Fake fur

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For the manga, see Fake Fur (manga).
Promotion photo from You're My Everything featuring Anne Baxter with a fake fur coat
A furry fan wearing a fursuit made from fake fur
Girl wearing a parka with fake fur
A fake fur blanket
Fake furs at a special occasion

Fake fur, also called fun fur or faux fur, is any material made of synthetic fibers designed to resemble fur, normally as part of a piece of clothing. It was first introduced in 1929[1] and has been commercially available since the 1950s, but its increasing popularity has been credited to its promotion by animal rights and animal welfare organizations which claim that it is an animal-friendly alternative to traditional fur clothing.[2]


Faux fur is not only used in clothing, but also for stuffed animals, fashion accessory and home decorations like pillows, bedding and throws. It is also sometimes used for craft projects because it can be sewn on a sewing machine. Real fur is generally thicker and requires a special machine, hand sewing or an awl to sew it.[3] Lately, fake fur has been increasingly used in the mainstream teen fashion, for example the stores Abercrombie & Fitch[4] and American Eagle[5] use it for trapper hats and jackets. In the Soviet, and now Russian Army, fish fur is used as a slang term for the fake fur used on winter clothing and the ubiquitous ushanka hats. Similarly, fashion design labels such as Ralph Lauren and Chanel have promoted the use of fake fur in their collections.[6]

Advantages and disadvantages[edit]


  • Fake fur is not an animal-use product.
  • Fake fur is a fabric and therefore is relatively easy to sew with.
  • Fake fur does not require or encourage the breeding of animals in factory farms like real fur.
  • Fake fur does not require cold storage to prevent deterioration and is impervious to moths.[7]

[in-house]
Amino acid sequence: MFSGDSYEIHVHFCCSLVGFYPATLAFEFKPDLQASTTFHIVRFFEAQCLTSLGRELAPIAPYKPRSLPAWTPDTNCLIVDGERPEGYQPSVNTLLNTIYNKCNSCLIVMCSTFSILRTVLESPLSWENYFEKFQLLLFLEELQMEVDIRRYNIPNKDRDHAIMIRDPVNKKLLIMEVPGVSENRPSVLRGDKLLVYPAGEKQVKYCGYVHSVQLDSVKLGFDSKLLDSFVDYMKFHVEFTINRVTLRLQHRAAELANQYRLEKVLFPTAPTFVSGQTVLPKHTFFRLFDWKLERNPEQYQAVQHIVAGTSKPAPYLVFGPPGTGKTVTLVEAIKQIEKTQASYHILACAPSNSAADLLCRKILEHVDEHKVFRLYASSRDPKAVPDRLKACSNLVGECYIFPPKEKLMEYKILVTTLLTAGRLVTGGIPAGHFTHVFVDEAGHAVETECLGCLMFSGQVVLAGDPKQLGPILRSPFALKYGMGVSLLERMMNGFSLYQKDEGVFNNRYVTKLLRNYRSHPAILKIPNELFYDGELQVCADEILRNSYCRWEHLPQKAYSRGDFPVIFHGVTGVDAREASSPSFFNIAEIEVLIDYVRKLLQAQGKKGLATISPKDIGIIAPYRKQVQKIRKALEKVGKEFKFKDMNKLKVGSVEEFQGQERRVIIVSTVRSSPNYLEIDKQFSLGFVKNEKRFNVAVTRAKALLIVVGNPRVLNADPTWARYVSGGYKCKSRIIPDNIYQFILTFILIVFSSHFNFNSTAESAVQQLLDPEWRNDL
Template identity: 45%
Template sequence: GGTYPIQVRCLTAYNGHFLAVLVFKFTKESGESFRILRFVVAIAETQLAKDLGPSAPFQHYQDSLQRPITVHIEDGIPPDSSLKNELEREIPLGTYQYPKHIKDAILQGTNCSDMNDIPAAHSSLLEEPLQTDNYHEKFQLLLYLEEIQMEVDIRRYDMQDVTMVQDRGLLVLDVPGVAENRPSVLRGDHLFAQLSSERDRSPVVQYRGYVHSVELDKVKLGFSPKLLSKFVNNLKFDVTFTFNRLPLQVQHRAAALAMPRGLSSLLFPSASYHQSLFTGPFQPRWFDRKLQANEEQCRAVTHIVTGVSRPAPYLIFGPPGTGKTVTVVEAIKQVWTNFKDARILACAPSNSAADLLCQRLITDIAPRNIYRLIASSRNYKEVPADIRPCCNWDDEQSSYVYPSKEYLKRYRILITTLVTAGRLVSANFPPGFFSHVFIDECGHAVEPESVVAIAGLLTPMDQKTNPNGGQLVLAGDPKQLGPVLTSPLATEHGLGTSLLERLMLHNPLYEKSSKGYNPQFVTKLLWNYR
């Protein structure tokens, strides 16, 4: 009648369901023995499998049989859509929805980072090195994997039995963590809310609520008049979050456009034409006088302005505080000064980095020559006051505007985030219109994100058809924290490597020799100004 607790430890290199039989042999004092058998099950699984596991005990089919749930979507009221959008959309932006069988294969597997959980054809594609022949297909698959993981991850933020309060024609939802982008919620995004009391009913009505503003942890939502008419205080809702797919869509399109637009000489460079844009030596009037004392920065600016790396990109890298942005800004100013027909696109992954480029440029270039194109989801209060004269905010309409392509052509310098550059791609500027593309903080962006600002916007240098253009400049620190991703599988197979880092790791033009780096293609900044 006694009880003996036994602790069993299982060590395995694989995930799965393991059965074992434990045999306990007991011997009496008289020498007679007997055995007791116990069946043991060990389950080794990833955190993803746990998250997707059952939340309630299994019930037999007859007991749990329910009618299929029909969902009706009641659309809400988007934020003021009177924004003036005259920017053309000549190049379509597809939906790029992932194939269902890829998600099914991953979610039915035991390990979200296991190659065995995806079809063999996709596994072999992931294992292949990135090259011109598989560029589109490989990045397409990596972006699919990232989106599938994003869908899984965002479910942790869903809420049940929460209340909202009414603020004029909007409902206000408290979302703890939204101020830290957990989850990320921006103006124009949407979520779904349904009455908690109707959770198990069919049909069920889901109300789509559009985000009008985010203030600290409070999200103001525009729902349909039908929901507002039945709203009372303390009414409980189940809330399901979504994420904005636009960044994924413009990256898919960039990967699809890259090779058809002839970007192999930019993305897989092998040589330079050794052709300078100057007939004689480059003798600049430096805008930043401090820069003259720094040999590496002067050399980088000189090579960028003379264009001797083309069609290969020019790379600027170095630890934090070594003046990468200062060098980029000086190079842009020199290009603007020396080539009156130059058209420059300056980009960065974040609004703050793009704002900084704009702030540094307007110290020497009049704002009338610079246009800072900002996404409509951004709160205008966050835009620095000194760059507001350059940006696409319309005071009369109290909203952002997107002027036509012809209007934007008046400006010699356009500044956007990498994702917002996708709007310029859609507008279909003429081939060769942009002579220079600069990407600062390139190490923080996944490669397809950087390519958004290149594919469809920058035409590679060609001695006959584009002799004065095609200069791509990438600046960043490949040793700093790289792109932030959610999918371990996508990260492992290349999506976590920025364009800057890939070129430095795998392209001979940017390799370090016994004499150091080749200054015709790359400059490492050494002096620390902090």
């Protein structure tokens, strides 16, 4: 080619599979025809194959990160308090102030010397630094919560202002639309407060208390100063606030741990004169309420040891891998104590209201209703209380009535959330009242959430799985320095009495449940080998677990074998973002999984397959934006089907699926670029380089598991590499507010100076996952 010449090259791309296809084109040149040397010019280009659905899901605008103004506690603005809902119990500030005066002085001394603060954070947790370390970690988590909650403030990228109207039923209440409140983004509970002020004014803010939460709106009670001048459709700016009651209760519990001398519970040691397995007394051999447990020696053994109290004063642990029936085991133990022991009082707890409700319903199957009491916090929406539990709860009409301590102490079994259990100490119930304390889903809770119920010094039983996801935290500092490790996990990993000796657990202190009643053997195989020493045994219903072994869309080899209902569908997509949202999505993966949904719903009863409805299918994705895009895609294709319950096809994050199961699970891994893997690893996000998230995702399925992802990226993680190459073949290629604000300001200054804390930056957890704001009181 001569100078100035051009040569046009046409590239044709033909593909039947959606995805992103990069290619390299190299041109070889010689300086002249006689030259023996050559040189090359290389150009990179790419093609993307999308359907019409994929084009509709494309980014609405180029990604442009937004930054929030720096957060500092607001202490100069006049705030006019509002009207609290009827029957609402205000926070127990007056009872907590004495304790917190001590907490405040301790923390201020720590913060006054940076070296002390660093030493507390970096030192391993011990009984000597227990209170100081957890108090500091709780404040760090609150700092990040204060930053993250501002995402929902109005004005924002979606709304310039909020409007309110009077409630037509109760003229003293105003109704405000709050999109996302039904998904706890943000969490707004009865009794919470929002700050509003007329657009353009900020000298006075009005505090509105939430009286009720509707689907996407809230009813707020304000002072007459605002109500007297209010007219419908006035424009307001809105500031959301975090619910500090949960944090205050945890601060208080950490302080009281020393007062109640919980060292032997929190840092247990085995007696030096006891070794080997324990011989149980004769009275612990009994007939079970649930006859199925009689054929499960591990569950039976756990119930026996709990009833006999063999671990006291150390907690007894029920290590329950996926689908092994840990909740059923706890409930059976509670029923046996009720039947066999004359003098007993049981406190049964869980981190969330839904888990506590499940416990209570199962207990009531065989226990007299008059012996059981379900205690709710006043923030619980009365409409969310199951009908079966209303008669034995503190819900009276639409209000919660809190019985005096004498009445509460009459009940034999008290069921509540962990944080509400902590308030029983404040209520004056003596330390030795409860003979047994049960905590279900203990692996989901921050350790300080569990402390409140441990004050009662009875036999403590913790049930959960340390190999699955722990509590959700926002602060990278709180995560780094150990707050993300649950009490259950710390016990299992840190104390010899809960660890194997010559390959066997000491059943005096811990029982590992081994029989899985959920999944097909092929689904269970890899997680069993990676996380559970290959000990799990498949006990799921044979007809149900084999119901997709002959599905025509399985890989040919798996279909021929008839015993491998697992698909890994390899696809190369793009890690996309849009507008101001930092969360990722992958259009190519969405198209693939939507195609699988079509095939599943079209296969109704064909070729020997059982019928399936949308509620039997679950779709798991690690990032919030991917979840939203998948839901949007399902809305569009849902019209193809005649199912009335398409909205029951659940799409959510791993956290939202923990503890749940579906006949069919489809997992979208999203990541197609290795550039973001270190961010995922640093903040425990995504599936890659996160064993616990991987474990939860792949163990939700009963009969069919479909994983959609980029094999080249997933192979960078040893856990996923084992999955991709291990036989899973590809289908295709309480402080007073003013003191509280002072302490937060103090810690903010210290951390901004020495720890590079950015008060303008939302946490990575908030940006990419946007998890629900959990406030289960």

• A 1979 study commissioned by the Fund for Animals argued that the energy consumption for the production of one coat made out of fake fur was 120 MBtu, compared to 433 MBtu for trapped animals and 7,965 MBtu for animals raised in fur farms.[8] This study has been criticized as being biased and outdated.[9]


  • Fake fur is not a natural material.[10]
  • Fake fur is made from several materials including blends of acrylic and modacrylic polymers derived from coal, air, water, petroleum and limestone. These materials can take a long time to break down, possibly anywhere from 500 to 1,000 years.[9]
  • Fake furs are not able to keep snow from melting and re-freezing on the fiber filaments; this is very important, especially in hiking, mountain climbing, skiing and other outdoor activities which are done in extreme conditions.[2]

Use of actual fur[edit]

In a test by the Humane Society of the United States, coats labeled as having faux-fur trim used actual fur.[11] In the United States, up until 2012, a labeling loophole allowed any piece of clothing that contains less than US$150 of fur to be labeled without mentioning that it included fur.[11] This is the equivalent of thirty rabbits, three raccoons, three red foxes, three domestic dogs, or one bear.[11]


  1. ^ Answers.com. "Fake fur". Retrieved 2009-08-19. 
  2. ^ a b "Definition from the Textile and Apparel Industries". Retrieved 2010-01-25. 
  3. ^ "how to sew torn mink coat?". Retrieved 2009-08-19. 
  4. ^ "Abercrombie & Fitch | Fur Fleece Sweater - Betsy". Retrieved 2009-08-19. 
  5. ^ "Women's AE Downtown Bomber - American Eagle Outfitters". Retrieved 2009-08-19. 
  6. ^ "Search for faux fur on Ralph Lauren site". Retrieved 2009-08-19. 
  7. ^ "Fur Care: Storage is a must". Retrieved 2009-08-19. 
  8. ^ "Questions and Answers about Fur" (PDF). The Humane Society of the United States. 1998. p. 2. Retrieved 2008-08-17. 
  9. ^ a b "Should I choose fake fur over real fur". Retrieved 2010-03-17. 
  10. ^ Bekleidungsphysiologisches Institut Hohenstein. "Nothing better than natural fur to keep you warm and comfortable, scientists say". Retrieved 26 November 2010. 
  11. ^ a b c Dawn, Karen (2008). Thanking the Monkey: Rethinking the Way We Treat Animals (1st ed.). New York City: HarperCollins. p. 110. ISBN 978-0-06-135185-3. Retrieved 12 March 2013. 

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